Effectiveness as an induction activity

Effective inductions for doctors in training facilitate enhanced transitions into the working environment and can build confidence when working in complex, unfamiliar situations [24]. A GMC case study of the Portsmouth Department of Critical Care [25] demonstrated how simulation plays a key role in facilitating effective inductions where clinical scenarios, hospital logistics and human factors are addressed. Although this case study related to acute patient simulation rather an on-call simulation with an array of different tasks, it reinforces the potential of simulation as an induction activity.

However, in departmental inductions, where time is often limited and the changeover between trainees is close to immediate, lecture and tutorial formats are often used to deliver key clinical and logistical information regarding on-call work [23]. These can be delivered to larger groups, faster, without the need for intensive simulation resources and facilitators while still providing critical information. Nevertheless, Blamey et al. did highlight that didactic lectures on performing on-call tasks were inferior in comparison to a combination of an introductory tutorial and subsequent on-call simulation [7].

Furthermore, 3 publications explicitly supported the concept that on-call simulation during induction periods should be standard practice and helps improve confidence in trainees which may in turn improve their clinical performance [5, 20, 21]. This was particularly relevant in specialities where newly qualified doctors lacked clinical experience and medical school exposure as Blamey et al. demonstrated in their psychiatry specific on-call simulation [7]. In the current UK sphere of rotational training, where newly qualified doctors rotate through different specialities on a 4 monthly basis, a targeted specialty specific simulation of common tasks can serve as a vital adjunct to on-call confidence.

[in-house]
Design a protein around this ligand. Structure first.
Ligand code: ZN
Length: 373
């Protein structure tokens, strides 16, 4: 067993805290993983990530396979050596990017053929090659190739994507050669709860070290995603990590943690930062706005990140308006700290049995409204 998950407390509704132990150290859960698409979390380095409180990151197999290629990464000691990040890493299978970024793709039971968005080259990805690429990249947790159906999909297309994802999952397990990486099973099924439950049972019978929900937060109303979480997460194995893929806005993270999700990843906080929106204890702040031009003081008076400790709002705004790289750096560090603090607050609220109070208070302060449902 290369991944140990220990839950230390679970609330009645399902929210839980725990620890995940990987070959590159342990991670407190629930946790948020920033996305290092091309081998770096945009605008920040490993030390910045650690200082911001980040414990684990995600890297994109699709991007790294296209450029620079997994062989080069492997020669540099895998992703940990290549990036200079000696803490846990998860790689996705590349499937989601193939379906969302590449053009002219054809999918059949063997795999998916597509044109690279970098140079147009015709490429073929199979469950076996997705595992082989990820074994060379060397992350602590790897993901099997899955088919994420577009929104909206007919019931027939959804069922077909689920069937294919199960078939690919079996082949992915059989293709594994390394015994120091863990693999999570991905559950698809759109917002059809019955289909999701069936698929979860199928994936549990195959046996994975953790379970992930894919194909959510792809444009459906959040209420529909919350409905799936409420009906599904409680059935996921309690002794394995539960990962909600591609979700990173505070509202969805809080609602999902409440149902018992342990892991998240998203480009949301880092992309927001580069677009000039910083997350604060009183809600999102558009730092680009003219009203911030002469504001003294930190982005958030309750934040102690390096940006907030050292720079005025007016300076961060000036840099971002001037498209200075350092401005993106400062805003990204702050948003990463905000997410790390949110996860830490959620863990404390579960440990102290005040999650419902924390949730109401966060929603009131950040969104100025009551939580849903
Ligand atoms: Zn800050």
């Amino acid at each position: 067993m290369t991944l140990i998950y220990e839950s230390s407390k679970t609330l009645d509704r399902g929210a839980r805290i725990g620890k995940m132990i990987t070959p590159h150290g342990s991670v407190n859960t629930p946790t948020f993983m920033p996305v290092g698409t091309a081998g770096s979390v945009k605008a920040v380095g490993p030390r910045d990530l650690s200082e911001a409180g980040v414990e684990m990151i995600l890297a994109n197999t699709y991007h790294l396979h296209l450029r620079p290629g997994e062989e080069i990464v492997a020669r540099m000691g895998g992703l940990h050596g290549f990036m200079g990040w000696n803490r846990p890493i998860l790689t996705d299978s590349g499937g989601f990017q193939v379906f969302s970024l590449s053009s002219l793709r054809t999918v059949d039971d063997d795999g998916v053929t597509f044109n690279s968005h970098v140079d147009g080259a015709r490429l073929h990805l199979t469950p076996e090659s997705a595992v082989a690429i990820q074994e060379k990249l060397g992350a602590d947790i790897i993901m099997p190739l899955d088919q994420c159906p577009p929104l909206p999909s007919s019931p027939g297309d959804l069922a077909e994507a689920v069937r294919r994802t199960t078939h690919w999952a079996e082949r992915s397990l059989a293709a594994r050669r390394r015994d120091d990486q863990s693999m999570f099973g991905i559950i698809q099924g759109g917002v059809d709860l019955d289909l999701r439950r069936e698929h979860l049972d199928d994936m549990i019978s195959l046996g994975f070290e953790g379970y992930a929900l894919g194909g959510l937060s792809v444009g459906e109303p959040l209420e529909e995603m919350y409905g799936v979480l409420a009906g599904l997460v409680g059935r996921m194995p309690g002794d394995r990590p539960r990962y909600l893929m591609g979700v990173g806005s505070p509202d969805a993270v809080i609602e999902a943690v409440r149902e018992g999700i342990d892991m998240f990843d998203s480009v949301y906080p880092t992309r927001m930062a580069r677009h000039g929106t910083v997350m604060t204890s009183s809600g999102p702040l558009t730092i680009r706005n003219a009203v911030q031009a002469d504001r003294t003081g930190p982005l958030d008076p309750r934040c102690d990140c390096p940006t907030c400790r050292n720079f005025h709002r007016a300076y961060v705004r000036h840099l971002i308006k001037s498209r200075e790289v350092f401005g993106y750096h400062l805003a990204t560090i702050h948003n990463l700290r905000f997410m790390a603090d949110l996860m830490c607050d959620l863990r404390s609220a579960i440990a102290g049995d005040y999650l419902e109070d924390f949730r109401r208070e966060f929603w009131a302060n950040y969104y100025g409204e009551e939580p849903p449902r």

On-call simulation remains resource intensive

The transition to virtual simulations was driven largely in part to the COVID-19 pandemic and the requirement for social distancing [7, 26]. Stone et al. argued that virtual formats provided a good substitute for in-situ on-call simulations [22]. Furthermore, the authors highlighted key benefits in the delivery of virtual simulations, including increased facilitator availability, the lack of requirement for physical simulation space and the greater scalability and accessibility of simulations to participants when conducted online [7, 22].

Nonetheless, despite the reported success of virtual models, Blamey et al. make the case that in-situ simulation remains the gold standard [7]. Primarily, as it reflects the psychological fidelity and reality of on-call work. It is difficult to evaluate the two techniques in the absence of direct comparative studies; however, there are certainly merits to both.